+ view more photos
Fr. Tony Wall leads a morning talk on the rosary at rented space in Lloyd Center.
Ed Langlois
Staff Writer

Parishes that fail to evangelize at major shopping malls within their boundaries are "terribly remiss," says a gregarious Dominican friar who travels the American West on preaching missions.

Father Tony Wall, 87, is spending his third consecutive January ministering to shoppers at Lloyd Center in Northeast Portland.

Mall officials ask that Father Wall refrain from approaching the crowds actively. So the priest wears his white habit or black clerical garb and naturally dons a friendly visage. It adds up to an invitation to discuss matters minor or major.

Father Wall, who cites scripture and theology often, is as comfortable talking relationships as he is interpreting the thought of Thomas Aquinas. Last year, he spoke with hundreds of mall-goers, even hearing more than a half dozen confessions in quiet corners not far from shops like Abercrombie and Fitch, Forever 21 and Macy's.

This year, the mall ministry has reached a higher level. Nearby Holy Rosary Parish, tended by the Dominicans, spent a thousand dollars to rent an empty office on Lloyd Center's third floor. There, between the food court and Nordstrom, the parish set up a chapel and a confessional for Father Wall to use through Jan. 26.

On Jan. 2, he presided at what is thought to be the first Mass ever celebrated at a shopping mall in Oregon. Five worshipers attended.
From 11 a.m.-noon on weekdays, the priest leads a study and prayer group on the life of Jesus as celebrated in the rosary. Mass begins at noon, followed by eucharistic adoration until 3 p.m., when the day closes with the Chaplet of Divine Mercy and benediction. On Saturdays, Father Wall and volunteers will tend a kiosk on the mall's main floor, offering holy cards blessed by the late Pope John Paul II, plus spiritual conversation for anyone who's willing.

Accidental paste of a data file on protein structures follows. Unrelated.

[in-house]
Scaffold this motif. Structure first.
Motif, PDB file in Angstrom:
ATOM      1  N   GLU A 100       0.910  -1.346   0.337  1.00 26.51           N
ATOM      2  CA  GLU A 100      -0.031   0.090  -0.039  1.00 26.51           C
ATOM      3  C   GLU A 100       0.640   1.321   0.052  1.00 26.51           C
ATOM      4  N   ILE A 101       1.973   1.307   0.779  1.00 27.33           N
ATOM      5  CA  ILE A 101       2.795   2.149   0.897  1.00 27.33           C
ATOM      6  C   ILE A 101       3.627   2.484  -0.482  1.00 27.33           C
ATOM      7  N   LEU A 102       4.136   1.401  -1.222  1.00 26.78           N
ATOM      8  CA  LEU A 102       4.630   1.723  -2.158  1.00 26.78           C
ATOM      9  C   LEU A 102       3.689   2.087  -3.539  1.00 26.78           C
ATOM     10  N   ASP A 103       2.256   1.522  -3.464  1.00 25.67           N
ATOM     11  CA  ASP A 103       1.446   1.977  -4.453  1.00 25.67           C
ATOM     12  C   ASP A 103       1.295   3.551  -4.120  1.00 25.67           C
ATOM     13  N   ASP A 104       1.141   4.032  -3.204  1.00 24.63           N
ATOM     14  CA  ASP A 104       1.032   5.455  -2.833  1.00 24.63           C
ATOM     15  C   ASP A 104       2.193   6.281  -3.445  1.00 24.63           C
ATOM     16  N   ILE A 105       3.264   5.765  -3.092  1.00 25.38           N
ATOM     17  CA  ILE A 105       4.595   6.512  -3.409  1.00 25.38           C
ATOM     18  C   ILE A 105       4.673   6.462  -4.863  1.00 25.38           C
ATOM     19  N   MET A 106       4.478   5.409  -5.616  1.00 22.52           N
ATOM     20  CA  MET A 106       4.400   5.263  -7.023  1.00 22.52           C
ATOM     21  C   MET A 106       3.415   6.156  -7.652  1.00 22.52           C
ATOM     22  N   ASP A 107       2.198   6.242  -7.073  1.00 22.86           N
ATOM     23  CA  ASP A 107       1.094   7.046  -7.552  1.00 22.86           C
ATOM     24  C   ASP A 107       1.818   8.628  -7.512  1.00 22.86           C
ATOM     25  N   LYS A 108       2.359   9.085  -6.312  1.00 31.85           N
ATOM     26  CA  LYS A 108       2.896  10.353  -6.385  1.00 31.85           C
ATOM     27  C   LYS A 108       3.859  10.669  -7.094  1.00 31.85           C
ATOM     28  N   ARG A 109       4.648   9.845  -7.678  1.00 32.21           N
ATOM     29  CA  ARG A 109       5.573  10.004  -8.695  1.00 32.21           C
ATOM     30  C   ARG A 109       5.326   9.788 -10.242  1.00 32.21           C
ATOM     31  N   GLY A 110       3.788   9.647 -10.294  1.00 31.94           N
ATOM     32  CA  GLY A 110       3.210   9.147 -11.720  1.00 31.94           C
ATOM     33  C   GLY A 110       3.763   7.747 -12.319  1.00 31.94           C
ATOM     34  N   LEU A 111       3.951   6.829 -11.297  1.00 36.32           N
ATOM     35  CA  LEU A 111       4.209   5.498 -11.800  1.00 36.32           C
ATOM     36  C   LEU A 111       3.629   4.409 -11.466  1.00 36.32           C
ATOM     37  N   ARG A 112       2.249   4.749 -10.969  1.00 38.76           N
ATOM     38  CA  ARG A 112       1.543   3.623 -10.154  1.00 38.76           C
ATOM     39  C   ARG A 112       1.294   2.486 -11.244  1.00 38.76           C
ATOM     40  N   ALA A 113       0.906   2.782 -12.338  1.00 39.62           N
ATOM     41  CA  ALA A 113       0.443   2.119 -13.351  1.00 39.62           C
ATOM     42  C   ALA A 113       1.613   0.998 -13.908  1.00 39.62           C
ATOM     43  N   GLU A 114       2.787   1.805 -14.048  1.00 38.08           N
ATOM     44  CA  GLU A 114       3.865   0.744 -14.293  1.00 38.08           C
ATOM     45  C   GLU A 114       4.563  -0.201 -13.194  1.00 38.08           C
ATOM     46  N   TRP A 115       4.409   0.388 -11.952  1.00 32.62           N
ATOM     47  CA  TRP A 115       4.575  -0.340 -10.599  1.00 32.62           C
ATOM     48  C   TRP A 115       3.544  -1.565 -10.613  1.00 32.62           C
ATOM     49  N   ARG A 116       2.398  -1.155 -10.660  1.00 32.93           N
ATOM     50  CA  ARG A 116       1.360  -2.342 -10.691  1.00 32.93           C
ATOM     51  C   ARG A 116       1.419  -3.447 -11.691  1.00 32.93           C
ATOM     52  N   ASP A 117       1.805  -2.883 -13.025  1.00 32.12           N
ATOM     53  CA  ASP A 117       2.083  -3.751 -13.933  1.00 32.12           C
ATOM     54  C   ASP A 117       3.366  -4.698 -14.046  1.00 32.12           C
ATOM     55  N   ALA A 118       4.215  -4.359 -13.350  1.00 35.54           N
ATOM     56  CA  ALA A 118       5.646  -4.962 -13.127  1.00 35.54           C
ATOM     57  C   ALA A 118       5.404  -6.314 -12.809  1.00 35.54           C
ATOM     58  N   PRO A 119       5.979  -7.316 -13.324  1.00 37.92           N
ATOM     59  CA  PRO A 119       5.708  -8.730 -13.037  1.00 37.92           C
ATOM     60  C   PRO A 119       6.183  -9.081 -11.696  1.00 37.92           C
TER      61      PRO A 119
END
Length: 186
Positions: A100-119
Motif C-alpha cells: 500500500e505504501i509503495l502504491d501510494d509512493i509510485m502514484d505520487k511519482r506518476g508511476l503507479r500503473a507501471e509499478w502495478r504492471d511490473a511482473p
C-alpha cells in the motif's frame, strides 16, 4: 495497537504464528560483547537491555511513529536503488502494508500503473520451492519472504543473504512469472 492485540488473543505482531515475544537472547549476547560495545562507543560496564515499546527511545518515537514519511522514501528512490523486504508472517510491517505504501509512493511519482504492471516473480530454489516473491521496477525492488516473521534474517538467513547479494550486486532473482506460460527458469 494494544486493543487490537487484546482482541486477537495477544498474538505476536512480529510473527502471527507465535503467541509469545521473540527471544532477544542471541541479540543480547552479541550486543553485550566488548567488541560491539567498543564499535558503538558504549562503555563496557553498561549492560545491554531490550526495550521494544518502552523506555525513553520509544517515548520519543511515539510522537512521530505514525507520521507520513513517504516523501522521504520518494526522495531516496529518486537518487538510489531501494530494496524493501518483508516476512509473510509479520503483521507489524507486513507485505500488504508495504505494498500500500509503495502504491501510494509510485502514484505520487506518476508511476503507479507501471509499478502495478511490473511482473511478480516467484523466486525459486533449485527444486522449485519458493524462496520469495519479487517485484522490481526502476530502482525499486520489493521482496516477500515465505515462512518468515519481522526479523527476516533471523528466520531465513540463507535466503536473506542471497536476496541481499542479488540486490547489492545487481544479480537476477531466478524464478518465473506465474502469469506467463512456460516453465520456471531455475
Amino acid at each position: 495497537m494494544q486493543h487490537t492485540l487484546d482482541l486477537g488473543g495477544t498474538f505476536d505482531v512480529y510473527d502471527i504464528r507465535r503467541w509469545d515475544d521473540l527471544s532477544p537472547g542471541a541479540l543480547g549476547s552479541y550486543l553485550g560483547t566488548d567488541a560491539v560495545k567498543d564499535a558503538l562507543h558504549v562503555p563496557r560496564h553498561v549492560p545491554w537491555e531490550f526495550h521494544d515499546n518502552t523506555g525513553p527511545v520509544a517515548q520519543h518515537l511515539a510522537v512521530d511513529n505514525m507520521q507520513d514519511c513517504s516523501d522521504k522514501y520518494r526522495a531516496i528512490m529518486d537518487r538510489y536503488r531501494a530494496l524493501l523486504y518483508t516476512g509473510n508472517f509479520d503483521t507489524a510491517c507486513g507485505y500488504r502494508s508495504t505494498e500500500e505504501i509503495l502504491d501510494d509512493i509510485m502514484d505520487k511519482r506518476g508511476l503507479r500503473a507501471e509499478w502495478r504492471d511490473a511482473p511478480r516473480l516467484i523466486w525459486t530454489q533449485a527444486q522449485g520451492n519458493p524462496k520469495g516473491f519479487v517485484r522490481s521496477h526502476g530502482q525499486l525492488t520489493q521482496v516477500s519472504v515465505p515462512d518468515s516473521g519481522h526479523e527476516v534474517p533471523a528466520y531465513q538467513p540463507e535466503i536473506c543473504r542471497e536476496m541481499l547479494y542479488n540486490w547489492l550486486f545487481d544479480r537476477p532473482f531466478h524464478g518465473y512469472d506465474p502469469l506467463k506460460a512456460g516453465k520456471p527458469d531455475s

Father Wall, who can talk amiably about deep matters with anyone, welcomes Catholics and non-Catholics alike.

"Love is not a feeling. That's Hollywood," he tells a group attending a discussion on the mysteries of the rosary. "Love is in the will." As a mall-walker buzzes past, peeking curiously in the chapel window, the priest explains that we love in God's way when we continue loving after having our love "thrown back in our faces."

A sign outside the door reads: "Christ in the Marketplace" and gives the daily schedule.